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The Polaris Project: Permafrost

The Polaris Project, Chris Linder Photography

In this video from the Polaris Project Website, American and Siberian university students participating in the project describe their research on permafrost.

Video length: 4:58 minutes.

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Climate Literacy
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The abundance of greenhouse gases in the atmosphere is controlled by biogeochemical cycles that continually move these components between their ocean, land, life, and atmosphere reservoirs. The abundance of carbon in the atmosphere is reduced through seafloor accumulation of marine sediments and accumulation of plant biomass and is increased through deforestation and the burning of fossil fuels as well as through other processes.
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Life—including microbes, plants, and animals and humans—is a major driver of the global carbon cycle and can influence global climate by modifying the chemical makeup of the atmosphere. The geologic record shows that life has significantly altered the atmosphere during Earth’s history.
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Based on evidence from tree rings, other natural records, and scientific observations made around the world, Earth’s average temperature is now warmer than it has been for at least the past 1,300 years. Average temperatures have increased markedly in the past 50 years, especially in the North Polar Region.
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Environmental observations are the foundation for understanding the climate system. From the bottom of the ocean to the surface of the Sun, instruments on weather stations, buoys, satellites, and other platforms collect climate data. To learn about past climates, scientists use natural records, such as tree rings, ice cores, and sedimentary layers. Historical observations, such as native knowledge and personal journals, also document past climate change.
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Benchmarks for Science Literacy
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Scientific investigations usually involve the collection of relevant data, the use of logical reasoning, and the application of imagination in devising hypotheses and explanations to make sense of the collected data.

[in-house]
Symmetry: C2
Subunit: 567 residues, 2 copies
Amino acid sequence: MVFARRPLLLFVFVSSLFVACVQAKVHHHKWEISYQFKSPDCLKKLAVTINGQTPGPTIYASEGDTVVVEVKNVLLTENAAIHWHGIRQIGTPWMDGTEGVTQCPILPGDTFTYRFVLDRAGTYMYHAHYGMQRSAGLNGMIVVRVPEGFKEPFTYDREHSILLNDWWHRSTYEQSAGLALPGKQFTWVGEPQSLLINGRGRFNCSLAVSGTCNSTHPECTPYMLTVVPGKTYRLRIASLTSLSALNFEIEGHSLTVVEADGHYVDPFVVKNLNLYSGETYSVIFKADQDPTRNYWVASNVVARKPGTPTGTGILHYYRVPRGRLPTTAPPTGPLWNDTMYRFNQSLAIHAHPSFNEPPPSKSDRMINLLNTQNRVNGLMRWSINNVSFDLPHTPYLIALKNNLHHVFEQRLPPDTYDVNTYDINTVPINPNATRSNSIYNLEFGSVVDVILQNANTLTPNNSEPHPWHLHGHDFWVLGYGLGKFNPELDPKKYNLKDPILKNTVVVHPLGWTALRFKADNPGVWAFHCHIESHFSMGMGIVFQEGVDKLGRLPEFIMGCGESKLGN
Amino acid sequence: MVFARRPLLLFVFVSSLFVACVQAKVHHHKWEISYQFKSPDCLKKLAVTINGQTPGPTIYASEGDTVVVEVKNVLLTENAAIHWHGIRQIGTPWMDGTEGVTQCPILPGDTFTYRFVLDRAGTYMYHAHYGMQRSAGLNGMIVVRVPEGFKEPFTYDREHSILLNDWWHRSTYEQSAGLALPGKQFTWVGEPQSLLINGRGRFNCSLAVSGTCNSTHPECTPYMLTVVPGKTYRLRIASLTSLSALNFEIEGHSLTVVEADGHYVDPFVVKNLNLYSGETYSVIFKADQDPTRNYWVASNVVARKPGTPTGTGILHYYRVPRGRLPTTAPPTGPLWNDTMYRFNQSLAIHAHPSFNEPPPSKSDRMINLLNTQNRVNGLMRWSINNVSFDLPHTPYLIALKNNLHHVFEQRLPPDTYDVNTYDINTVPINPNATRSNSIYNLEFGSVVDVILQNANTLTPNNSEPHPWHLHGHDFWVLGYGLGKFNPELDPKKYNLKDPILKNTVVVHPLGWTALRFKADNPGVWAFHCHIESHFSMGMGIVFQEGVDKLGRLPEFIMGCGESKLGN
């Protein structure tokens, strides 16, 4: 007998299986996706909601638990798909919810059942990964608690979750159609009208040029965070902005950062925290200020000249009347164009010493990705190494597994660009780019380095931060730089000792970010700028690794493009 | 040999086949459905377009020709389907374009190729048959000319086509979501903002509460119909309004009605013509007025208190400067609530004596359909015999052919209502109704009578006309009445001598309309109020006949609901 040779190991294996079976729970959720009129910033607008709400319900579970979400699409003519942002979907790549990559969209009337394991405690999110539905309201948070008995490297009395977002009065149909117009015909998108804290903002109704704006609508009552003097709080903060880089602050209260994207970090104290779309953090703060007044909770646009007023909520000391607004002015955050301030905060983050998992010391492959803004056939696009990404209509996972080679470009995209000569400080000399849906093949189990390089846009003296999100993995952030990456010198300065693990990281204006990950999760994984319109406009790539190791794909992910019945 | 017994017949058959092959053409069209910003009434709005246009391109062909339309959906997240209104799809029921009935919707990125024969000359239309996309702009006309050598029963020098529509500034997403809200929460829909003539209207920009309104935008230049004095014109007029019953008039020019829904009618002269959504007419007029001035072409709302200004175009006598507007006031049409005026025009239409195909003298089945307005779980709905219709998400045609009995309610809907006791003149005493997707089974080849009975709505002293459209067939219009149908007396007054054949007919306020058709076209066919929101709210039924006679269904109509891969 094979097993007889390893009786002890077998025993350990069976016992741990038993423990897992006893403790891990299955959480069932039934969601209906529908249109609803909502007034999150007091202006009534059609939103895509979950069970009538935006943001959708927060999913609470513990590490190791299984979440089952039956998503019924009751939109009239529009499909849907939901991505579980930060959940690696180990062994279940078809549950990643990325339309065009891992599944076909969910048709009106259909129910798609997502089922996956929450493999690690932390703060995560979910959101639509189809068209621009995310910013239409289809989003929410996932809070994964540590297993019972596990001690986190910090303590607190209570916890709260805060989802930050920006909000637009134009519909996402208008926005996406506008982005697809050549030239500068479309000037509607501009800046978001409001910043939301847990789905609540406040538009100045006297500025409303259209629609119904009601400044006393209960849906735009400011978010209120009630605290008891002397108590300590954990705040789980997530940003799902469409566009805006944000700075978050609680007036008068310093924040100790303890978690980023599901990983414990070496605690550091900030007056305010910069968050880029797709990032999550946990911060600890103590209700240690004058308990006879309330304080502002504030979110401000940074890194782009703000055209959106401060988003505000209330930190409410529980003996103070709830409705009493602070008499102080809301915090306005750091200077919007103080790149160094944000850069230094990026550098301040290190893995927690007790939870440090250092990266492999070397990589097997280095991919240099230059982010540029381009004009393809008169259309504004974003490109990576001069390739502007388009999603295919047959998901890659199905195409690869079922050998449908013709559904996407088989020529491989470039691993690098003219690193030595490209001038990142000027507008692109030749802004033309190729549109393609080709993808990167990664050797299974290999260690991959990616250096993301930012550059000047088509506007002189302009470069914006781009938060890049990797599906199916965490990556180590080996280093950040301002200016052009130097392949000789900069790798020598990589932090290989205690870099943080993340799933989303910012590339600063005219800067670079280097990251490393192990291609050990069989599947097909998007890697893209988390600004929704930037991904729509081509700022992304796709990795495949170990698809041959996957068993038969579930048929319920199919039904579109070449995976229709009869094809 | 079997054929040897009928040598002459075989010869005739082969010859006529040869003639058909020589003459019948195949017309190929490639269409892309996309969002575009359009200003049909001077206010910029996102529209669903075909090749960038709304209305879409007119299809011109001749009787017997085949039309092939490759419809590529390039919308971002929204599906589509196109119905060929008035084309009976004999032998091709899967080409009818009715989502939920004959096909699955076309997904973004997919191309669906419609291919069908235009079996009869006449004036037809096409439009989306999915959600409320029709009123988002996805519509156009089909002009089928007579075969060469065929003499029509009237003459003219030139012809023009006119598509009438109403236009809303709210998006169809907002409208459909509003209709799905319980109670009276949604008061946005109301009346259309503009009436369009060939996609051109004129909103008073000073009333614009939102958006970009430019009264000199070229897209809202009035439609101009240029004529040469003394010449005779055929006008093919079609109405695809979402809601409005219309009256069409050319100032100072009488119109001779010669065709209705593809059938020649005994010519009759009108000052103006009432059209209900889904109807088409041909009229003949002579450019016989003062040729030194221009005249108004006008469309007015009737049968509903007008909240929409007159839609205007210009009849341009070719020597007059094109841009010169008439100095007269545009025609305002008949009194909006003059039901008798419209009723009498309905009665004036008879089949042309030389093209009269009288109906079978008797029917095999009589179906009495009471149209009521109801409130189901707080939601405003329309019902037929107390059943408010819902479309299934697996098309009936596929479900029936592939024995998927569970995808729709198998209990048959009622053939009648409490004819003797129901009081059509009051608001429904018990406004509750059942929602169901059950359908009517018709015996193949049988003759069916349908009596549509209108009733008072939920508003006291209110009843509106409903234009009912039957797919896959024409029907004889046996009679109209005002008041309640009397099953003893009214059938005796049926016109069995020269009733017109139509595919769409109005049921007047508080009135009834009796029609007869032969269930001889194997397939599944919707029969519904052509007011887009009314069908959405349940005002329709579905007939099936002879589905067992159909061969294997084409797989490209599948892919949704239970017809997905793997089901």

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Notes From Our Reviewers The CLEAN collection is hand-picked and rigorously reviewed for scientific accuracy and classroom effectiveness. Read what our review team had to say about this resource below or learn more about how CLEAN reviews teaching materials
Teaching Tips | Science | Pedagogy | Technical Details

Teaching Tips

  • This video can be used in any lesson on permafrost and the carbon cycle.
  • Preview vocabulary for younger students.
  • Locate area on map or computer.

About the Science

  • "In our experiment, we are focusing on how permafrost qualities change over both space and time. First, we are comparing how the active layer differs across different landscapes, including lowlands, ridges, and tundra. Second, we are comparing the composition of the three permafrost layers to determine if there have been changes in organic matter over time. Finally, we are examining a potential connection between the active layer and water by testing what and how many nutrients are 'picked up' by water passing through the active layer."
  • Comments from expert scientist: The video is very effective at portraying field work in a remote and challenging environment. The narrative effectively provides a human element to the science. The importance of the study, or reason why people are looking at thawing permafrost is never explicitly stated.

About the Pedagogy

  • Video is narrated by the university students who are conducting the research; some text provided. Unusual opportunity for students to see other students conducting research in the field in Siberia.
  • Polaris Website includes a variety of multimedia resources about the project, the students who participate, and the research they conduct in Siberia. https://www.thepolarisproject.org

Technical Details/Ease of Use

  • Excellent video quality

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